• Resolution, the annual festival for new choreography (18 MAY – 16 JUN)

Programme of work this spring at The Place

The season kicks off with a Family Friday over the Easter break, dedicated to family fun, with two family shows set to light up the imagination of the youngest audience members. Inspired by the joy of travelling through India by train, Choogh Choogh is an interactive adventure for ages 0-7, exploring the sights and sounds of a journey through South Asia via dance, music and theatre.

The Bull and the Moon is an endearing family friendly production that tells the story of Lolo, a little bull that doesn't feel like he fits in with the other bulls in the farm. A fun, fiery, magical dance performance that blends contemporary dance, flamenco and theatre, this is a heart-warming story about being oneself and LGBTQ+ inclusivity. (7 APR)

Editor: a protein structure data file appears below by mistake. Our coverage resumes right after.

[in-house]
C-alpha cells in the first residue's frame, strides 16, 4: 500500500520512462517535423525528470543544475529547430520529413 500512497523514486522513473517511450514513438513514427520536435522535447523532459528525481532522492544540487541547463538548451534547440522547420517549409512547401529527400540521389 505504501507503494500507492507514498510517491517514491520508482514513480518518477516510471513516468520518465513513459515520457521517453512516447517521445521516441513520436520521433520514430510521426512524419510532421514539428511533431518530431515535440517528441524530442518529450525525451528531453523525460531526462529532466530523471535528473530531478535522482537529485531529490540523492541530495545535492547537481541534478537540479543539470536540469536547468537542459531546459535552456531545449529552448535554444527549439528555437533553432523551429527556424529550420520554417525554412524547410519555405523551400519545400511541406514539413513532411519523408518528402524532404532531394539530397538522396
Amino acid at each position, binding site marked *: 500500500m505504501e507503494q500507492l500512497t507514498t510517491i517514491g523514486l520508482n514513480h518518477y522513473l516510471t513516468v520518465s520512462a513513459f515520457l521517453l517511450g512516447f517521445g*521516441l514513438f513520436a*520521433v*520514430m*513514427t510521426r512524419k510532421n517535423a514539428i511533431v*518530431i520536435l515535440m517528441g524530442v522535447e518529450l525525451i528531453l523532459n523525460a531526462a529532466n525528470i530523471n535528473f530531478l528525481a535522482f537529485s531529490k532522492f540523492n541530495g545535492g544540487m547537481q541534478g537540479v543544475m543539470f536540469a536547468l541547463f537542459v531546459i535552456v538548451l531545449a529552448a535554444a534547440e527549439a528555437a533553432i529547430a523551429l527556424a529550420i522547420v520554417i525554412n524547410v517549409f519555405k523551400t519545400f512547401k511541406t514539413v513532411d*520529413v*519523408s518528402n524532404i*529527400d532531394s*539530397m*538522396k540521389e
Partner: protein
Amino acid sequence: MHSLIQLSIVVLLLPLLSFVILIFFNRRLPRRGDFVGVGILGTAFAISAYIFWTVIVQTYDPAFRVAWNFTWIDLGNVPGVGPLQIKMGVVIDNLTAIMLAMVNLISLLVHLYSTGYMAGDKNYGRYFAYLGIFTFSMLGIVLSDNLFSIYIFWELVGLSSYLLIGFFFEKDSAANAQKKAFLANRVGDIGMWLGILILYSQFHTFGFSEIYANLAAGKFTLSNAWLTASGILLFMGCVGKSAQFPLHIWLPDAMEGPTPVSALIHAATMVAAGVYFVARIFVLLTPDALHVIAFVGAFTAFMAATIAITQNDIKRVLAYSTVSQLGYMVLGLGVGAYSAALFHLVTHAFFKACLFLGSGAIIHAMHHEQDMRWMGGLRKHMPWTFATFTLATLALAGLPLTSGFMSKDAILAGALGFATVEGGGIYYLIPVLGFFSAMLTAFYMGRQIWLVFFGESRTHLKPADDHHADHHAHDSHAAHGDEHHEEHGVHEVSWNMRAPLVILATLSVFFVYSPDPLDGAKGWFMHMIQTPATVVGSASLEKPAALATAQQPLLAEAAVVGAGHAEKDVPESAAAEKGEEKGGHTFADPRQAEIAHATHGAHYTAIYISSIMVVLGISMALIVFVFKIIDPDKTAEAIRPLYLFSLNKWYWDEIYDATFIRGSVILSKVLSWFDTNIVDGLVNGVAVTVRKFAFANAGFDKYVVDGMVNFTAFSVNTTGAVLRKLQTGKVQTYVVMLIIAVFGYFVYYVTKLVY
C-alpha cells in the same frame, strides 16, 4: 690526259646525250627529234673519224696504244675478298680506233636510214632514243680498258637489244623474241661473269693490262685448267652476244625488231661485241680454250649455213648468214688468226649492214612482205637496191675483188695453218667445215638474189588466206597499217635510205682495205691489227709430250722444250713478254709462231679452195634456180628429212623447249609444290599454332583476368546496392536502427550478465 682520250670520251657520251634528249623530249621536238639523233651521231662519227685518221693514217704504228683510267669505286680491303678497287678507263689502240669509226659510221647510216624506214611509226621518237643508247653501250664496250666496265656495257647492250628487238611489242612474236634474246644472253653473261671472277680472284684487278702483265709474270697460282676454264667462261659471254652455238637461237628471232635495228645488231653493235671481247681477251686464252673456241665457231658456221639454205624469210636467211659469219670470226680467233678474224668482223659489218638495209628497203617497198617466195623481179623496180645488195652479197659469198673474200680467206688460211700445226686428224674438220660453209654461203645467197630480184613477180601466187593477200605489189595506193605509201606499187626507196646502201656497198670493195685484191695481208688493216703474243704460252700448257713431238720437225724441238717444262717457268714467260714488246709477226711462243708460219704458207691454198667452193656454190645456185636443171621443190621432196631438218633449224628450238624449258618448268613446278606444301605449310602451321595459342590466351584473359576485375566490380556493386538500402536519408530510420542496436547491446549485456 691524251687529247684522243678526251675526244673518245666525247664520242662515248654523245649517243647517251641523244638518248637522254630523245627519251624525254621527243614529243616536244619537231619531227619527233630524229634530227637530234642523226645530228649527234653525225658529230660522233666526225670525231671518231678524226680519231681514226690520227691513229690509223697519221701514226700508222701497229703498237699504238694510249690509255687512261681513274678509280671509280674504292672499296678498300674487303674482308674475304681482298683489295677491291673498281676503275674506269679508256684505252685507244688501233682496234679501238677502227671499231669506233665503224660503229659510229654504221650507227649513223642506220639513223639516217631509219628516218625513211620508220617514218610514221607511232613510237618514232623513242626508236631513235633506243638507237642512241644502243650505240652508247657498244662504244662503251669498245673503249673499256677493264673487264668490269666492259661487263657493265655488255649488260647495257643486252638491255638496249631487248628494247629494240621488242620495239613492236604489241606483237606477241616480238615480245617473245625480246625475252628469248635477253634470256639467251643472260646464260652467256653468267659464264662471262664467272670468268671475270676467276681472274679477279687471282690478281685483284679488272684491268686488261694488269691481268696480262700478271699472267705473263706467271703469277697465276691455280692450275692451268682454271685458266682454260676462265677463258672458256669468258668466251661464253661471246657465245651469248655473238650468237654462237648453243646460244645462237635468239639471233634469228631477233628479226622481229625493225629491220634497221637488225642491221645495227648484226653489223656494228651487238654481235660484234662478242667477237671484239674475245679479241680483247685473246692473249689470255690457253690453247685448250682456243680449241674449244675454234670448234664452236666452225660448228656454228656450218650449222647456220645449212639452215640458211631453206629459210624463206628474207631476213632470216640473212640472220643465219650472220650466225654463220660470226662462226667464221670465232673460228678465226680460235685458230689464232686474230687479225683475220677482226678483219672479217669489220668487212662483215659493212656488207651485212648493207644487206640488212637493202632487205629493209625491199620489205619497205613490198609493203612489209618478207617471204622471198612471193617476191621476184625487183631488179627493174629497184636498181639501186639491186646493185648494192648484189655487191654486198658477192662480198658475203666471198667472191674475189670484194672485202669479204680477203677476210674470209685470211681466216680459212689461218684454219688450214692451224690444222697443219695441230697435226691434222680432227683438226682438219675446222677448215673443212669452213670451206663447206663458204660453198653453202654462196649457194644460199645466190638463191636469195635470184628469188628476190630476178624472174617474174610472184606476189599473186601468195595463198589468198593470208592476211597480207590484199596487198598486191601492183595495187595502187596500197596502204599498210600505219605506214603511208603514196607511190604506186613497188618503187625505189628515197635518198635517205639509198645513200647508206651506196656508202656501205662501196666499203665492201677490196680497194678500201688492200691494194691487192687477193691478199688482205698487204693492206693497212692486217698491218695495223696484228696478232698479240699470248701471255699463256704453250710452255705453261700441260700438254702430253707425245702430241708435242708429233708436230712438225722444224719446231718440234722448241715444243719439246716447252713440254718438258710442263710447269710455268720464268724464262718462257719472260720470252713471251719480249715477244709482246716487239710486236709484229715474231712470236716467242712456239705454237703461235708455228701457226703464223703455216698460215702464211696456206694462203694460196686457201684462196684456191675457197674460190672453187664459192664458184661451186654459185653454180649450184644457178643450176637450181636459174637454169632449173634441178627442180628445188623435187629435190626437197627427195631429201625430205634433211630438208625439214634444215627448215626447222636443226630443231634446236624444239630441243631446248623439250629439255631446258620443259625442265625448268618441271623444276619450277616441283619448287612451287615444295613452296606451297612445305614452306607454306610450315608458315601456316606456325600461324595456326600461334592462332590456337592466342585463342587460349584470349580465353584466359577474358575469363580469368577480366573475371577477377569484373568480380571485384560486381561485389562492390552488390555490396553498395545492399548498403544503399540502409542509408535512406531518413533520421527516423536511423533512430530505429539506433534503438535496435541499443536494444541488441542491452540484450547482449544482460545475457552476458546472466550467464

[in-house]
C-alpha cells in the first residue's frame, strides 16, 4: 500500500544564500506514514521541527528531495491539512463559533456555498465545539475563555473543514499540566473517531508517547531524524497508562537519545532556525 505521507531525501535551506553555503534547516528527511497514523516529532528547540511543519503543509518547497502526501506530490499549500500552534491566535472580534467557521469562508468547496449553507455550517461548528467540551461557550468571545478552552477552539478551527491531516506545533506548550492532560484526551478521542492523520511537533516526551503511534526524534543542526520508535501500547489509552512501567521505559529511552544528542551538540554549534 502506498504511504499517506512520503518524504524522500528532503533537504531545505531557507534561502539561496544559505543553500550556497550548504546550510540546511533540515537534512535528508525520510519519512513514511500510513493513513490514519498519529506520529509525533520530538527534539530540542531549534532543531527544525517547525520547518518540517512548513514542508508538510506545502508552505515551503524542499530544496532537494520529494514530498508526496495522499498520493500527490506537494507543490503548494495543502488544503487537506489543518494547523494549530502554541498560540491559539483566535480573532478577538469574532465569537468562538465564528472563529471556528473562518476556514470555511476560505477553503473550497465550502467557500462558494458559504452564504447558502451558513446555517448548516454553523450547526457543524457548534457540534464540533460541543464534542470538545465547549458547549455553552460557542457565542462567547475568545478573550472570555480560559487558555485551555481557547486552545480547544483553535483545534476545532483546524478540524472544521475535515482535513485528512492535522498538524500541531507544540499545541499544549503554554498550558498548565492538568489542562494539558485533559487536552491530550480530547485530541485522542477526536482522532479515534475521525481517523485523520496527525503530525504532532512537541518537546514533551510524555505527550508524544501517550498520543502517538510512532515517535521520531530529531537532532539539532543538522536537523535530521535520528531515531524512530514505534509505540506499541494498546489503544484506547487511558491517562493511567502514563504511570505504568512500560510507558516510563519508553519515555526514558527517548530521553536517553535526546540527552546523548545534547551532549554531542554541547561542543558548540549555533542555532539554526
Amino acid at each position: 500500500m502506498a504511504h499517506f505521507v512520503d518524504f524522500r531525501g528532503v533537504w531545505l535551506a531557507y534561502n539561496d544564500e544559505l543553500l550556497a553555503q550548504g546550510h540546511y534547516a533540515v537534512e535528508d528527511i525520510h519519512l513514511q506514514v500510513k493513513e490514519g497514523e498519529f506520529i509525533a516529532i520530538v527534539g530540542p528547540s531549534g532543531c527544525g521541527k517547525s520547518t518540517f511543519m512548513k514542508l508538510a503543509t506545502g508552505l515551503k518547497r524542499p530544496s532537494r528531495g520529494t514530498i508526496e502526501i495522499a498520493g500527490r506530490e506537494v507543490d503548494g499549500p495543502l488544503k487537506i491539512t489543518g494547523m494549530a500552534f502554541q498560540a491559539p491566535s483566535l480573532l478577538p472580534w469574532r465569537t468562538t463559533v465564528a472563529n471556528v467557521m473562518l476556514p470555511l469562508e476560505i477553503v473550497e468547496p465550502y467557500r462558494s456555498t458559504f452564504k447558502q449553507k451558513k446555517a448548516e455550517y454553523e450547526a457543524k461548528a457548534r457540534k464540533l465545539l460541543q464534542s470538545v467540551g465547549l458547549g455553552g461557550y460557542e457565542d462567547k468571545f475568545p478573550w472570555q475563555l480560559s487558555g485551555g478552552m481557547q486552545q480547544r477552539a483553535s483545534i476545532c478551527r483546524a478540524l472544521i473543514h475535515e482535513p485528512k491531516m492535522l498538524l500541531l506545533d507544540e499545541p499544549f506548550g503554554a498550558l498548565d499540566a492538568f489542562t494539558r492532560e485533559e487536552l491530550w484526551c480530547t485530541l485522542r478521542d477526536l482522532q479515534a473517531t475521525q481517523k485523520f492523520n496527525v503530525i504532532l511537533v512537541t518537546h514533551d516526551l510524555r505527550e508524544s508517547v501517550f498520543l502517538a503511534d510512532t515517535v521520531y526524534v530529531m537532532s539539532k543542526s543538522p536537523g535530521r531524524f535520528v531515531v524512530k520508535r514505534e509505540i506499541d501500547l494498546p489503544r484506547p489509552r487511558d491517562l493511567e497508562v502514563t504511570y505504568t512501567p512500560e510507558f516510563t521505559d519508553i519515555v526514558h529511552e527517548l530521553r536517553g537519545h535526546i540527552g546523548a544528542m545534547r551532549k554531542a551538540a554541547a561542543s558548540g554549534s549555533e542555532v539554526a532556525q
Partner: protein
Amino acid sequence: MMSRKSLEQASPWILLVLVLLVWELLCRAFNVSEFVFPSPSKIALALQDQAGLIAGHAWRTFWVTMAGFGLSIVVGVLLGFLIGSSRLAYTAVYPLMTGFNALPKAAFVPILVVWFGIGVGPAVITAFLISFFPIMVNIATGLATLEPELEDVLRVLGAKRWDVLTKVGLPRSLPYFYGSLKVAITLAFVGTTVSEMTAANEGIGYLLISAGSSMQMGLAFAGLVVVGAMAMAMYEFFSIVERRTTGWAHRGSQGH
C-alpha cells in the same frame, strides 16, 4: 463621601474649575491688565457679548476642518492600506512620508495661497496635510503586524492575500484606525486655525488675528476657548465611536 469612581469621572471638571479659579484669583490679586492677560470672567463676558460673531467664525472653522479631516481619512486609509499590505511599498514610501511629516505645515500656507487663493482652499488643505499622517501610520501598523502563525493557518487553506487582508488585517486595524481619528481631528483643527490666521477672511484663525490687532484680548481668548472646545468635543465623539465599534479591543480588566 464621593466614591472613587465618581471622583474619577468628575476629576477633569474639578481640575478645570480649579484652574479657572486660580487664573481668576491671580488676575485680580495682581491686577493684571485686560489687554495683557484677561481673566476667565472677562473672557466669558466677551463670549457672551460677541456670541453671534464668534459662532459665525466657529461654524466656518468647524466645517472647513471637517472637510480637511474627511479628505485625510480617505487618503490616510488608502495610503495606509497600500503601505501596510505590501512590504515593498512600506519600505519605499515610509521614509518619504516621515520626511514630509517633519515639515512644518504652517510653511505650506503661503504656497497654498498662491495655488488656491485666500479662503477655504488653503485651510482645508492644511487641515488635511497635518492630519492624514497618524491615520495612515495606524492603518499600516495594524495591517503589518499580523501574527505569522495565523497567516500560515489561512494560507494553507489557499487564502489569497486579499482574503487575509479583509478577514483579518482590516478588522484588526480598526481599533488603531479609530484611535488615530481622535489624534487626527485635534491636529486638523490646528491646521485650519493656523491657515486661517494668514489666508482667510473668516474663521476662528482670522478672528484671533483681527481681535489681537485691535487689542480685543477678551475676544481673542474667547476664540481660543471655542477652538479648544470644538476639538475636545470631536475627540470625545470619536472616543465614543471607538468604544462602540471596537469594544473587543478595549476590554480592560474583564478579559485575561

Breakin’ Convention has been revolutionising the hip hop scene in London and across the world for 20 years, and to celebrate this big birthday, Breakin’ Convention favourites Soweto Skeleton Movers return to The Place with a brand-new show. From busking on Soweto’s Vilakazi Street to touring the world, this crew have astounded and amazed audiences with their comedic contortionism, frenetic footwork and magical hat tricks. Now this new work, produced and co-choreographed by Lloyds Company and directed by Jonzi D, sees each dancer share personal stories that put their Unbreakable spirit to the test. (12-13 APR)